ALFALFA — Michael Hughes could grow pot in his Bend backyard if he wanted to.
As long as they were out of view, he could grow the plants, cut and dry the flowers, smoke them and get high. But he can’t grow hemp there. He bought a license to grow hemp, but a variety of factors has made it more difficult to grow hemp than marijuana and other crops in Oregon.
Hemp, a cannabis plant with virtually no psychoactive ingredients that traditionally was grown for its strong fibers and edible seeds and oils, has been legal in Oregon for six years.
The Legislature authorized it in 2009 despite it being considered illegal federally. The law tasked the Oregon Department of Agriculture with writing rules and licensing growers.
After taking five years to finish the rules, the agency geared up this year for what turned out to be a painful growing season in which just nine licensed hemp farmers got a crop in the ground. Those who did navigated months of uncertainty and pushback in a state that last November voted to legalize recreational marijuana for adults 21 and older.
Hesitation by the Department of Agriculture to embrace new uses of hemp has combined with the now-outdated state law and federal framework to cripple Oregon’s hemp market despite interest in creating a nation-leading industry, according to interviews with farmers, businesses, lawmakers and the agencies overseeing hemp here and in other states.
State regulators recoiled after Oregon’s farmers emerged with plans to grow the plants for an extract — cannabidiol, or CBD — that many believe can treat and cure cancer and other ailments, but which remains unregulated by the FDA because hemp remains tied to its psychoactive cousin, marijuana.
While an array of Oregon residents have told the state they want to grow and process hemp, bureaucrats and state lawmakers are at a crossroads heading into the next growing season: they could let hemp farmers and businesses shape the industry, or they could put in place restrictions similar to those followed by recreational and medical marijuana growers.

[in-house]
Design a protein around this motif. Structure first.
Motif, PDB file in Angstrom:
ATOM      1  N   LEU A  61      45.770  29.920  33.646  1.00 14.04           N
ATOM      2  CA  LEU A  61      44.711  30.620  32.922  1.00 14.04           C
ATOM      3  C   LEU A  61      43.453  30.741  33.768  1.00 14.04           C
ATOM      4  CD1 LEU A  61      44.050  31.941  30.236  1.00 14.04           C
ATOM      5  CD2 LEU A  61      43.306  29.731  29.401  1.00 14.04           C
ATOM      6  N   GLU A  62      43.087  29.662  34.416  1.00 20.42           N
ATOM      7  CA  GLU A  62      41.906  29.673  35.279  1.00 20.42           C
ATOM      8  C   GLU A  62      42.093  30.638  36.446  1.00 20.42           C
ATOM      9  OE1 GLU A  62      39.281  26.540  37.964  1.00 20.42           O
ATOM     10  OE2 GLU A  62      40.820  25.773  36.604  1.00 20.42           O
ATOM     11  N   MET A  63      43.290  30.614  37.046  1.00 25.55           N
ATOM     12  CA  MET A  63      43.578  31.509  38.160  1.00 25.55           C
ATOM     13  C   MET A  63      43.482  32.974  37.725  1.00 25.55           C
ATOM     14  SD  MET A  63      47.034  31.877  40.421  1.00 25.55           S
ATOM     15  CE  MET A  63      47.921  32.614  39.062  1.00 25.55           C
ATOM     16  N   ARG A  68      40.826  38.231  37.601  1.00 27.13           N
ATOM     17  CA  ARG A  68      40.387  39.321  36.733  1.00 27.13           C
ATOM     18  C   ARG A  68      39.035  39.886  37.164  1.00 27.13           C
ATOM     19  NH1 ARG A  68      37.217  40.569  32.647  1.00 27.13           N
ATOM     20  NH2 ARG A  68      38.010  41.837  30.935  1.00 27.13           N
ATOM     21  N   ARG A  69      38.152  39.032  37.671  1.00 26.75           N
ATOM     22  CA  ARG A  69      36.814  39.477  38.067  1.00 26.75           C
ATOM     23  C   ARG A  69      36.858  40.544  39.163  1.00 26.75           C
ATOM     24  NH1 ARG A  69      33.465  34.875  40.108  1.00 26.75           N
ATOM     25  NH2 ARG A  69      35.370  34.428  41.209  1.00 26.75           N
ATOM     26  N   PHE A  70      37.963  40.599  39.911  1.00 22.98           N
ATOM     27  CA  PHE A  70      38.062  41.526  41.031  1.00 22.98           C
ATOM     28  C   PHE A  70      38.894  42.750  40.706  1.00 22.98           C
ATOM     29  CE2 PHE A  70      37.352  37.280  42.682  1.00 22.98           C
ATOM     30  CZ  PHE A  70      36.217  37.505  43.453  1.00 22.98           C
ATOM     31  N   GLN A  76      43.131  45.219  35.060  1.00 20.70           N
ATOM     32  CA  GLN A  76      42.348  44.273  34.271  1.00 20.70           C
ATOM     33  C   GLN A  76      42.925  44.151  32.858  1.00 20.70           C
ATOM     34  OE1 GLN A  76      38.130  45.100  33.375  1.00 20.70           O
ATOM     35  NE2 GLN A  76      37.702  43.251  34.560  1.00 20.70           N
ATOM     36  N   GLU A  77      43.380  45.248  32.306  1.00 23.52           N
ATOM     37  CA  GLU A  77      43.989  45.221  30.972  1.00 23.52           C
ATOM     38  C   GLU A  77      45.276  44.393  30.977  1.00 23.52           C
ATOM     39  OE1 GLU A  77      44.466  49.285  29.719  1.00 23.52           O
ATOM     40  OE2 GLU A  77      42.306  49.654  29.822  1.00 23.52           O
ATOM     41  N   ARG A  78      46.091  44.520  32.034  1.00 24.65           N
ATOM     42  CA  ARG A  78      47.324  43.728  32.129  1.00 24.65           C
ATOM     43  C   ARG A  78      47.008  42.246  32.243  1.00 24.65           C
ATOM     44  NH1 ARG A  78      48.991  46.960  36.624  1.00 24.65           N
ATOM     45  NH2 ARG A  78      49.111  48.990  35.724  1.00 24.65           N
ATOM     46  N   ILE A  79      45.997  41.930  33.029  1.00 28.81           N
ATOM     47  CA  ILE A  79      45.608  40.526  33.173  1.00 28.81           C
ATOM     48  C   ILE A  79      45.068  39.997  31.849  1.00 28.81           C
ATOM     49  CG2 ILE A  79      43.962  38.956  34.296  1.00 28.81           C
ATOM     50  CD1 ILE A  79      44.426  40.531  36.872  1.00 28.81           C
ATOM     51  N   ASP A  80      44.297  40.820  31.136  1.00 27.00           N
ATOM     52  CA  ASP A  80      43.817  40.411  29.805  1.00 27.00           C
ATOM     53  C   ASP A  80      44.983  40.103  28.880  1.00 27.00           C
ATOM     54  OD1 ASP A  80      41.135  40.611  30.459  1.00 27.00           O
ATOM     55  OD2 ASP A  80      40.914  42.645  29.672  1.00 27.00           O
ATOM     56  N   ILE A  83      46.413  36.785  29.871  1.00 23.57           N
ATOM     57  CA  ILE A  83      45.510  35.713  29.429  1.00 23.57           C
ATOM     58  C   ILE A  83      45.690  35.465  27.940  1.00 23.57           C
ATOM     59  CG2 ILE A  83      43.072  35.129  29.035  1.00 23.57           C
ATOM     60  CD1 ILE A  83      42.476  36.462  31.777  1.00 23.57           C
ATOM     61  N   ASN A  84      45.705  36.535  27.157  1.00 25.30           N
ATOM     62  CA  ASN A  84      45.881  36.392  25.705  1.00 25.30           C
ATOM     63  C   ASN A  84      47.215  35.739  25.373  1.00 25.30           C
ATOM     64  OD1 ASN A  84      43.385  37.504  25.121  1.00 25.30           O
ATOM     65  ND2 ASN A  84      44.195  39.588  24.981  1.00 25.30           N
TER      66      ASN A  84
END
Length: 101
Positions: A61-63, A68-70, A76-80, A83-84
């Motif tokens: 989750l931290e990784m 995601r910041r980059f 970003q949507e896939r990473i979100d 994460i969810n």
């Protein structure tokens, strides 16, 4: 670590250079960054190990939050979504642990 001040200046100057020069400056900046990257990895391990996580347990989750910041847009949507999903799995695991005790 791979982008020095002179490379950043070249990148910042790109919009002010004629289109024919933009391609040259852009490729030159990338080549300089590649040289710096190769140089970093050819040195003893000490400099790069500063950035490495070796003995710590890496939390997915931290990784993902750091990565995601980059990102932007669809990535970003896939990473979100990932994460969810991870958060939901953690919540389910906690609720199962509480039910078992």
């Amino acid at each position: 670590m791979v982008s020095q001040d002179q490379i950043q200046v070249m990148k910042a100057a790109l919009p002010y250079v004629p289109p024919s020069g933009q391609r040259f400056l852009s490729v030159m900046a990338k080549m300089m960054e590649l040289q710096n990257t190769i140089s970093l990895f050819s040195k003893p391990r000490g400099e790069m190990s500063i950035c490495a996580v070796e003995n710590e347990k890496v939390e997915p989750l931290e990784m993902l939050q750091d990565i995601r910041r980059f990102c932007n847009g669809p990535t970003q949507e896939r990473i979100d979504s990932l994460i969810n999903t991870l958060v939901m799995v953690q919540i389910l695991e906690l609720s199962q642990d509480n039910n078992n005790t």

After a season in which few acres have been grown in Oregon while thousands were grown in other states, including for CBD, Hughes remains skeptical that Oregon will get it right.
“What they’re going to do is screw around long enough that they’re going to disadvantage their farmers,” says Hughes, an attorney who raised and studied hemp in the Midwest before he moved to Central Oregon and grew hemp in the state’s first legal hemp harvest in decades.
The Oregon Department of Agriculture has made clear that when it gave out 13 hemp licenses this year (two of which were later returned) it thought farmers would grow for rope and seeds.
But that’s not how money is made in the American hemp industry.
Hughes stood in his field on a late-August day, watching birds land near his hemp plants, peck at the ground in search of seeds and fly away with empty stomachs. There are no seeds to be found on this farm.
“I kind of feel bad for the birds,” Hughes says.
Hughes, like all other hemp farmers in Oregon, wasn’t primarily interested in growing male plants that produce seeds.
Instead, farmers planted their crops in spacious rows, at times in greenhouses, in a horticultural style similar to marijuana growing that encourages female plants to grow dense flowers.
Unlike the flowers on marijuana plants, which have anywhere from 0.4 percent to around 30 percent THC, the psychoactive, high-inducing compound in cannabis, hemp by law may contain no more than 0.3 percent THC.
Farmers this year grew cannabis strains low in THC and high in cannabidiol, a naturally occurring compound in cannabis that can be highly profitable and can already be purchased in Oregon marijuana dispensaries as an edible supplement.
The substance, which is extracted from cannabis plants and refined, is sought after at times as a last resort for people suffering from cancer, seizures and other ailments. It has grown in popularity in recent years because of the spreading belief — including by at least one Oregon hemp grower — that it may cure cancer in some patients.
The 2009 hemp law allowed the plant to be grown on at least 2.5 acres of land, and it didn’t limit what was produced. Yet for months, agency officials told growers they believed the law didn’t intend to let farmers grow for CBD, which isn’t regulated by the FDA or other federal agencies because hemp is still illegal federally.
The agency says that during the five-year rule-making process, it was never alerted to the desire to grow hemp for CBD.
“I don’t think anybody knew about CBD production” during the rulemaking process, said Lindsay Eng, the Department of Agriculture employee overseeing hemp regulation. “It wasn’t anything that the Legislature probably had thought about.”
Sen. Floyd Prozanski, who co-authored the 2009 bill, told The Bulletin he didn’t have CBD production in mind when the bill was making its way through the Legislature.
Records show the Department of Agriculture should have known about the desire for hemp-based CBD months before it finished writing its hemp rules. Numerous people told the agency they wanted to produce CBD-based veterinary medicine, edible supplements and other products.
One man told the agency he wanted to produce honey sticks high in CBD from hemp in a December 2014 email forwarded to ODA Assistant Director Lauren Henderson.
In October 2014, Ron Pence, a main agency employee working on the hemp rules, asked Duane Sinning, a counterpart in the Colorado Department of Agriculture, whether Colorado limited what varieties hemp growers there could produce. It doesn’t.